How do questions concerning consciousness and phenomenal experience relate to, or interface with, questions concerning plans, knowledge and intentions? At least in the case of visual experience the relation, we shall argue, is tight. Visual perceptual experience, we shall argue, is fixed by an agent’s direct unmediated knowledge concerning her poise (or apparent poise) over a currently enabled action space. An action space, in this specific sense, is to be understood not as a fine-grained matrix of possibilities for bodily movement, (...)
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  44. Word and Action: Reconciling Rules and Know-How in Moral Cognition.Andy Clark - 2000 - Canadian Journal of Philosophy 30 (sup1):267-289.
    Recent work in cognitive science highlights the importance of exem- plar-based know-how in supporting human expertise. Influenced by this model, certain accounts of moral knowledge now stress exemplar- based, non-sentential know-how at the expense of rule-and-principle based accounts. I shall argue, however, that moral thought and reason cannot be understood by reference to either of these roles alone. Moral cognition – like other forms of ‘advanced’ cognition – depends crucially on the subtle interplay and interaction of multiple factors and forces (...)
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  45. Word, Niche and Super-Niche: How Language Makes Minds Matter More.Andy Clark - 2005 - Theoria 20 (54):255-268.
    How does language (spoken or written) impact thought? One useful way to approach this important but elusive question may be to consider language itself as a cognition-enhancing animal-built structure. To take this perspective is to view language as a kind of self-constructed cognitive niche. These self-constructed cognitive niches play, I suggest, three distinct but deeply interlocking roles in human thought and reason. Working together, these three interlocking routines radically transform the human mind, and mark a genuine discontinuity in the space (...)
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  46.  37
    The Presence of a Symbol.Andy Clark - unknown
    The image of the presence of symbols in an inner code pervades recent debates in cognitive science. Classicists worship in the presence. Connectionists revel in the absence. However, the very ideas of code and symbol are ill understood. A major distorting factor in the debates concerns the role of processing in determining the presence or absence of a stuctured inner code. Drawing on work by David Kirsh and David Chambers , the present paper attempts to re-define such notions to begin (...)
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  47. Surfing Uncertainty: Prediction, Action, and the Embodied Mind.Andy Clark - 2016 - Oxford University Press USA.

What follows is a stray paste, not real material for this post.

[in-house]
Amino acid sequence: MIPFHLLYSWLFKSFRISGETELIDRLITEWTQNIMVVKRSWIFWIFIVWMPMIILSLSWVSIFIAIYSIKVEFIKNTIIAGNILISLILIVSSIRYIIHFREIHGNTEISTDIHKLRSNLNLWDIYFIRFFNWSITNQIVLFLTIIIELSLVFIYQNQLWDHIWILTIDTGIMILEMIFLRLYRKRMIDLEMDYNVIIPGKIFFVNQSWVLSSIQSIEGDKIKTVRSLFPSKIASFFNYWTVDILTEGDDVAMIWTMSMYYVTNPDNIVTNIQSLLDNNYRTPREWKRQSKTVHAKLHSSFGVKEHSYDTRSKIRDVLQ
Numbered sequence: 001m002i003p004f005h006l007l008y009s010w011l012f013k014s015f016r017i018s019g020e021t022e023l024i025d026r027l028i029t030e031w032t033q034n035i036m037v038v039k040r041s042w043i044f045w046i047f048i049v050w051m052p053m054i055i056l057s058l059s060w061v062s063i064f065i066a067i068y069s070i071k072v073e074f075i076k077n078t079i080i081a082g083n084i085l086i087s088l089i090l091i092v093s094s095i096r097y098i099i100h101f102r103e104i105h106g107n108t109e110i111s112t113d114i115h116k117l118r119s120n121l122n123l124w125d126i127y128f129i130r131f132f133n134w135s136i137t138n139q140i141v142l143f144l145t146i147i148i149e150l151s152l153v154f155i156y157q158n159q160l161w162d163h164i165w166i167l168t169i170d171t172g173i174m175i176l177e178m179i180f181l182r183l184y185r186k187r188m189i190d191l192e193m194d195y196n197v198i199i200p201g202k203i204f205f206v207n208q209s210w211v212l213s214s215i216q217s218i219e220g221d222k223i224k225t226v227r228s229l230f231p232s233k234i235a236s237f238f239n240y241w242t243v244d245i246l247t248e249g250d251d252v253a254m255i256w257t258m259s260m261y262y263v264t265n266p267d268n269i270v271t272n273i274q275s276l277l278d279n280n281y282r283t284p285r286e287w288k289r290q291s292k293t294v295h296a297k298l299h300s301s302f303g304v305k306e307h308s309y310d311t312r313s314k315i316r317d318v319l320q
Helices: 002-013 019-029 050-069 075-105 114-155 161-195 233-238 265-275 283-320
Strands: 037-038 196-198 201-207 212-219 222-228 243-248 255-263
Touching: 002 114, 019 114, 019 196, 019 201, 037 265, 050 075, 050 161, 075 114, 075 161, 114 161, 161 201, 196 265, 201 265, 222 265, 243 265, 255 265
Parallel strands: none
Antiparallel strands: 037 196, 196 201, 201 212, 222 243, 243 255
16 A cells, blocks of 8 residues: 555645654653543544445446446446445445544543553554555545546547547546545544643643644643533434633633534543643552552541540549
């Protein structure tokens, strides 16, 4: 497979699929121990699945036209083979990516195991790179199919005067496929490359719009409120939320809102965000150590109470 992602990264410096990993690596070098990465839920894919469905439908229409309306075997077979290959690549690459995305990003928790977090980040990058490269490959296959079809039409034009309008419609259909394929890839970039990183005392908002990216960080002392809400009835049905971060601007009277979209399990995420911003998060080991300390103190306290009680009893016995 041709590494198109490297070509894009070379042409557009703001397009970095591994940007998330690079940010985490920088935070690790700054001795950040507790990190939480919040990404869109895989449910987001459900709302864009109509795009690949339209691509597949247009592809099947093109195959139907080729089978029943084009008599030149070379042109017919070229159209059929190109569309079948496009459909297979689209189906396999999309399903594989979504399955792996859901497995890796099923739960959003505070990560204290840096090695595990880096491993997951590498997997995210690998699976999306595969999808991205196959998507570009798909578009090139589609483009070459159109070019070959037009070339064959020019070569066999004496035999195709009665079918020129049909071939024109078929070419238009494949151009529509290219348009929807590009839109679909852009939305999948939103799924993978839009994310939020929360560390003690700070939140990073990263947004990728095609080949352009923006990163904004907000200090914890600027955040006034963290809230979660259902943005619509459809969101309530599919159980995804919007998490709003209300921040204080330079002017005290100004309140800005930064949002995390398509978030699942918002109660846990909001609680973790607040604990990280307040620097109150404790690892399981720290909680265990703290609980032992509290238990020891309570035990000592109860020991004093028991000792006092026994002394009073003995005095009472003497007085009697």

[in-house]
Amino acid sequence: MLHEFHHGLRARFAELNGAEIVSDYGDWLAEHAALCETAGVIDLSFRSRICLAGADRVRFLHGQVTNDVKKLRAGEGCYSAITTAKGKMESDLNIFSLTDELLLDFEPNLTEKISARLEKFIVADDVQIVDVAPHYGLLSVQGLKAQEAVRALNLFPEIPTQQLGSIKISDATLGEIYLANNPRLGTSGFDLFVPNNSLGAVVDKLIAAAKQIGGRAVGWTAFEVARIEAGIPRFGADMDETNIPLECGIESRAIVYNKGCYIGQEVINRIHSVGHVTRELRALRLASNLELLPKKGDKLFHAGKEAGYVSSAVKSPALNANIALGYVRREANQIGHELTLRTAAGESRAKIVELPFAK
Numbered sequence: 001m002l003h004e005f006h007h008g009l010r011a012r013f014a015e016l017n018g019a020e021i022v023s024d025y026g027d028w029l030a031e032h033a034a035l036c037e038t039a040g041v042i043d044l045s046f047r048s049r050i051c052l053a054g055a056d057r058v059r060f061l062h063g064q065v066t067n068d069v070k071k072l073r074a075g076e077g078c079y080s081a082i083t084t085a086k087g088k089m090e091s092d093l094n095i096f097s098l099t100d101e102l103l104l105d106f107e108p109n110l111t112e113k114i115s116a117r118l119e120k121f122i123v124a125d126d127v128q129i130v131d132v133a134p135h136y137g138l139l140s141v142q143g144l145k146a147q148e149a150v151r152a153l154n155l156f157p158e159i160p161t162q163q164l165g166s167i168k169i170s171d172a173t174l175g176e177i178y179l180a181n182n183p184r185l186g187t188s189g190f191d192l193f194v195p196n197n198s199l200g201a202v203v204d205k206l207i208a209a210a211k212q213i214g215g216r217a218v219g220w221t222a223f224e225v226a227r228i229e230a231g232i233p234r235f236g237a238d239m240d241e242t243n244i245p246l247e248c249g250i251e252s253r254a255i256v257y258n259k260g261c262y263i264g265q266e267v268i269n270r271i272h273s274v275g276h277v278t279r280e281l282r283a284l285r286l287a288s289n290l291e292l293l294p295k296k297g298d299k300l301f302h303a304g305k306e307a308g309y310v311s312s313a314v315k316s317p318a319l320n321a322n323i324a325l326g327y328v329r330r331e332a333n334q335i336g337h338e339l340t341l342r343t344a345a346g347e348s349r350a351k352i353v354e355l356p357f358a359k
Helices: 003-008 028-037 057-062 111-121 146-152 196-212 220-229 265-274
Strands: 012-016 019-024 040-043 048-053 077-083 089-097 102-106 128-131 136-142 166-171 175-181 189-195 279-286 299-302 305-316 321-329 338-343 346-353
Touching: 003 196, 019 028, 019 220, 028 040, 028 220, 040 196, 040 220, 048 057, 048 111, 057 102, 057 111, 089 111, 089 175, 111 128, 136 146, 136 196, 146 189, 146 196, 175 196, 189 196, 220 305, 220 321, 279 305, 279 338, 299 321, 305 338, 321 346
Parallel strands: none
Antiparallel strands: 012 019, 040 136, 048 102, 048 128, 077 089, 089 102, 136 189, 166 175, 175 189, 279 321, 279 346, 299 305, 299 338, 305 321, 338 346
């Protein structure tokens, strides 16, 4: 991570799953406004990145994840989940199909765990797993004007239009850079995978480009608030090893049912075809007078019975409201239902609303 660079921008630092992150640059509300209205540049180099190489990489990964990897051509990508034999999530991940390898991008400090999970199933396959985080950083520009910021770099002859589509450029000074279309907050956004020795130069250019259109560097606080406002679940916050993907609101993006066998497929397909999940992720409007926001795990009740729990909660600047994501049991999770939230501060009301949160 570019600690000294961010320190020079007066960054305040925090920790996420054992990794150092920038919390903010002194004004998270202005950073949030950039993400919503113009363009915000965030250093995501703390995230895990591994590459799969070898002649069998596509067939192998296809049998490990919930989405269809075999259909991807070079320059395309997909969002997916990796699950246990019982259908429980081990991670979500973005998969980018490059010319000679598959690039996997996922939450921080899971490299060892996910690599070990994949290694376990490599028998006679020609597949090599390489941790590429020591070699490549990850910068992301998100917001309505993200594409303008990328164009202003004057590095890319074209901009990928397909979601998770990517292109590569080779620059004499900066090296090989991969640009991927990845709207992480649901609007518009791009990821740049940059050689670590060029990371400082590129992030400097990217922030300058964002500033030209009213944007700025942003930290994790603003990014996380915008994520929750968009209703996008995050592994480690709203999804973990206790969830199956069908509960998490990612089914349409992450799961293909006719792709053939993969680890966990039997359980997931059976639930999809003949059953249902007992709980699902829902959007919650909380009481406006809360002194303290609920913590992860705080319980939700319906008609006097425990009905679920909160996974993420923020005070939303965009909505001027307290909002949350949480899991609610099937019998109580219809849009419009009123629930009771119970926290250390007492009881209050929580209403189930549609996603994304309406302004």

How is it that thoroughly physical material beings such as ourselves can think, dream, feel, create and understand ideas, theories and concepts? How does mere matter give rise to all these non-material mental states, including consciousness itself? An answer to this central question of our existence is emerging at the busy intersection of neuroscience, psychology, artificial intelligence, and robotics.In this groundbreaking work, philosopher and cognitive scientist Andy Clark explores exciting new theories from these fields that reveal minds like ours to (...)
     
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  48.  67
    Trading Spaces: Computation, Representation, and the Limits of Uninformed Learning.Andy Clark & S. Thornton - 1997 - Behavioral and Brain Sciences 20 (1):57-66.
    Some regularities enjoy only an attenuated existence in a body of training data. These are regularities whose statistical visibility depends on some systematic recoding of the data. The space of possible recodings is, however, infinitely large type-2 problems. they are standardly solved! This presents a puzzle. How, given the statistical intractability of these type-2 cases, does nature turn the trick? One answer, which we do not pursue, is to suppose that evolution gifts us with exactly the right set of recoding (...)
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  49. 7 Soft Selves and Ecological Control.Andy Clark - 2007 - In Don Ross, David Spurrett, Harold Kincaid & G. Lynn Stephens (eds.), Distributed Cognition and the Will: Individual Volition and Social Context. MIT Press. pp. 101.
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  50. Connectionism, Competence and Explanation.Andy Clark - 1990 - British Journal for the Philosophy of Science 41 (June):195-222.
    A competence model describes the abstract structure of a solution to some problem. or class of problems, facing the would-be intelligent system. Competence models can be quite derailed, specifying far more than merely the function to be computed. But for all that, they are pitched at some level of abstraction from the details of any particular algorithm or processing strategy which may be said to realize the competence. Indeed, it is the point and virtue of such models to specify some (...)